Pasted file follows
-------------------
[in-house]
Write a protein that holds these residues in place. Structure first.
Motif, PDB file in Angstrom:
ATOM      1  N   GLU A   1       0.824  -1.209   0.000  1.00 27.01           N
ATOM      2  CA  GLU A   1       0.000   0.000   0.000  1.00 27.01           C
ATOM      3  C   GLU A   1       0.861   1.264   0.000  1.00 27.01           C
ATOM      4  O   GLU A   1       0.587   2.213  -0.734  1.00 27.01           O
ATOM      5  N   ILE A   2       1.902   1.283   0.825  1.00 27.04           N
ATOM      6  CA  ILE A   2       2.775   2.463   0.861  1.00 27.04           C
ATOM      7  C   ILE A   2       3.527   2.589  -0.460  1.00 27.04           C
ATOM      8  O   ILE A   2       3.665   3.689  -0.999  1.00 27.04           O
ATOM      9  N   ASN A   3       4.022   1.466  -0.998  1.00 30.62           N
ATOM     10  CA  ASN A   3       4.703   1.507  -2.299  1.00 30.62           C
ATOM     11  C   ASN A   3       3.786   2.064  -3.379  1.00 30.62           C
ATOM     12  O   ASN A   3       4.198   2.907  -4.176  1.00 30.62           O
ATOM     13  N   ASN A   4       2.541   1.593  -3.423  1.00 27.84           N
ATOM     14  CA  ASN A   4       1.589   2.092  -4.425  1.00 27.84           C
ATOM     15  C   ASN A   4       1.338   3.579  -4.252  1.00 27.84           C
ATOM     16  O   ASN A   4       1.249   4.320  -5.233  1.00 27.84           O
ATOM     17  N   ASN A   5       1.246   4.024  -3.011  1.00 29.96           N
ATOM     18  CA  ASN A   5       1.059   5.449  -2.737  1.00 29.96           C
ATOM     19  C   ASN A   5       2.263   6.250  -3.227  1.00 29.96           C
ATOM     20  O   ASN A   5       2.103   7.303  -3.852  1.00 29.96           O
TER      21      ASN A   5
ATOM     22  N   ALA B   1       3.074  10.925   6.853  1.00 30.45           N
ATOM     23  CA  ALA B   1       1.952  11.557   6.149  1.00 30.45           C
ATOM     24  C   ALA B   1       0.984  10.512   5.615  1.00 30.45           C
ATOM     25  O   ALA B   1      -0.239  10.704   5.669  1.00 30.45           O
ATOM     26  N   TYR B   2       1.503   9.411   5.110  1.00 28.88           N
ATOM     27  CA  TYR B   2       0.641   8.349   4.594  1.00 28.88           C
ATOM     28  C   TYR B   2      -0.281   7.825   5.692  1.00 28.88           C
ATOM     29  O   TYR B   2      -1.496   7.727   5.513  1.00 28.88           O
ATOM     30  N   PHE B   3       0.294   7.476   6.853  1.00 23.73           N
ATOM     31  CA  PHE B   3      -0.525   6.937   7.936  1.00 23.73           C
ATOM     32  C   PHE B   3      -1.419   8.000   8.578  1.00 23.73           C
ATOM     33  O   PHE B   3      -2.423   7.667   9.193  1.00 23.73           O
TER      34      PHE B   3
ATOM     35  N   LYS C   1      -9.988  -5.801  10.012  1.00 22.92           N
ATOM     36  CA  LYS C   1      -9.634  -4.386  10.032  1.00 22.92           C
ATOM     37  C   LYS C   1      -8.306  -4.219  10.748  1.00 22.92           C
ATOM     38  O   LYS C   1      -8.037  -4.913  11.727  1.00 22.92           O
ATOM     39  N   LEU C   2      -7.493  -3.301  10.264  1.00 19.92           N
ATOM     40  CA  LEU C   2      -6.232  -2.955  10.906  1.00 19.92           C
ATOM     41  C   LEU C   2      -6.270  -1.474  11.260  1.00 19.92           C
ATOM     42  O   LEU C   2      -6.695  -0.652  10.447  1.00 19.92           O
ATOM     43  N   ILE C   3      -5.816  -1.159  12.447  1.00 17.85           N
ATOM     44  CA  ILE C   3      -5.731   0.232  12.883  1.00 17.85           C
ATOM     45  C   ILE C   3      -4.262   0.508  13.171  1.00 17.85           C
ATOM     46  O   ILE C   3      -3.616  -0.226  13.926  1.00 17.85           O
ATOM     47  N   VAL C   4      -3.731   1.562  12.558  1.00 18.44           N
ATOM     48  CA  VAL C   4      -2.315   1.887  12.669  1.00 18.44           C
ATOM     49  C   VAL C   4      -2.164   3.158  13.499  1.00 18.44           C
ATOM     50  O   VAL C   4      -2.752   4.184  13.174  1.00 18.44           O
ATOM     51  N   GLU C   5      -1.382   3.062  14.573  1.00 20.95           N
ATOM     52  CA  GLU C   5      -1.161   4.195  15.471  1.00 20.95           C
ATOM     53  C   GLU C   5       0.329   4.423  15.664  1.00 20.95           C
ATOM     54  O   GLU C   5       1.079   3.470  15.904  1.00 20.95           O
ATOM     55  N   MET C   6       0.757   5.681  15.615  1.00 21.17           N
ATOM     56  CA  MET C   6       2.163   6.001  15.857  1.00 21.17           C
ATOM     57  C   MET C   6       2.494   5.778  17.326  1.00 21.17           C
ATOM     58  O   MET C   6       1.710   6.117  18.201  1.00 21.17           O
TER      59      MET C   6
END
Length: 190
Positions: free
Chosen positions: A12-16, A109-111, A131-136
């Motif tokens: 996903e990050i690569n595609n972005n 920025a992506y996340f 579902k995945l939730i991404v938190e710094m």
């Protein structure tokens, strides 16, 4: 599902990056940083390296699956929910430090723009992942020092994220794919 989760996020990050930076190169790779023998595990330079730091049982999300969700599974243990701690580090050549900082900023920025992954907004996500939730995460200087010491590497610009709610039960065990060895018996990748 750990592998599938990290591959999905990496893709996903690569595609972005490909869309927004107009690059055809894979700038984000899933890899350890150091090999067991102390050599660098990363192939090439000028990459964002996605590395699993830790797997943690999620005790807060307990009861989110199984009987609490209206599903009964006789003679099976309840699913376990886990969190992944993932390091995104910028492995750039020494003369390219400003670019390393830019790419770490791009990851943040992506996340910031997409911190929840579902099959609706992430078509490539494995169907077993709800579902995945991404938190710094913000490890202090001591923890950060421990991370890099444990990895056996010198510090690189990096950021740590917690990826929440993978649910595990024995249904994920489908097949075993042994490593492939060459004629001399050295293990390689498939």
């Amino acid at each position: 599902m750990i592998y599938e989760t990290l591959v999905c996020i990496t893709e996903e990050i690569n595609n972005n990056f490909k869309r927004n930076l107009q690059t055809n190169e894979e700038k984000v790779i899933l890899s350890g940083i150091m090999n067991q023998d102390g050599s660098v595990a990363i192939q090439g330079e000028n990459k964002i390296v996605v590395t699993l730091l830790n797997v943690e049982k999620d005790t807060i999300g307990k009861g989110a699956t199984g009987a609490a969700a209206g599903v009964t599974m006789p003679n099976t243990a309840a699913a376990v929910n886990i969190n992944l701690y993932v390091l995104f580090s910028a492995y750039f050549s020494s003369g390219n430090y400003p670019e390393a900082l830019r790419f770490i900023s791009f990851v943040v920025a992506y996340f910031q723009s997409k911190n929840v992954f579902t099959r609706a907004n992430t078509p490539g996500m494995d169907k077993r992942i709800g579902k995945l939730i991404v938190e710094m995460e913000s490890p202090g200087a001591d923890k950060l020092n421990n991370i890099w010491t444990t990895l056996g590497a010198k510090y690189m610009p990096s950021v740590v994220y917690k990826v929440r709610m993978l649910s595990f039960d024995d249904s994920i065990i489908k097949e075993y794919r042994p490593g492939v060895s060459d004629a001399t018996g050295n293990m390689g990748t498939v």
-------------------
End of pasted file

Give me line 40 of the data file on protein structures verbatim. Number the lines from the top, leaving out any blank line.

ATOM     37  C   LYS C   1      -8.306  -4.219  10.748  1.00 22.92           C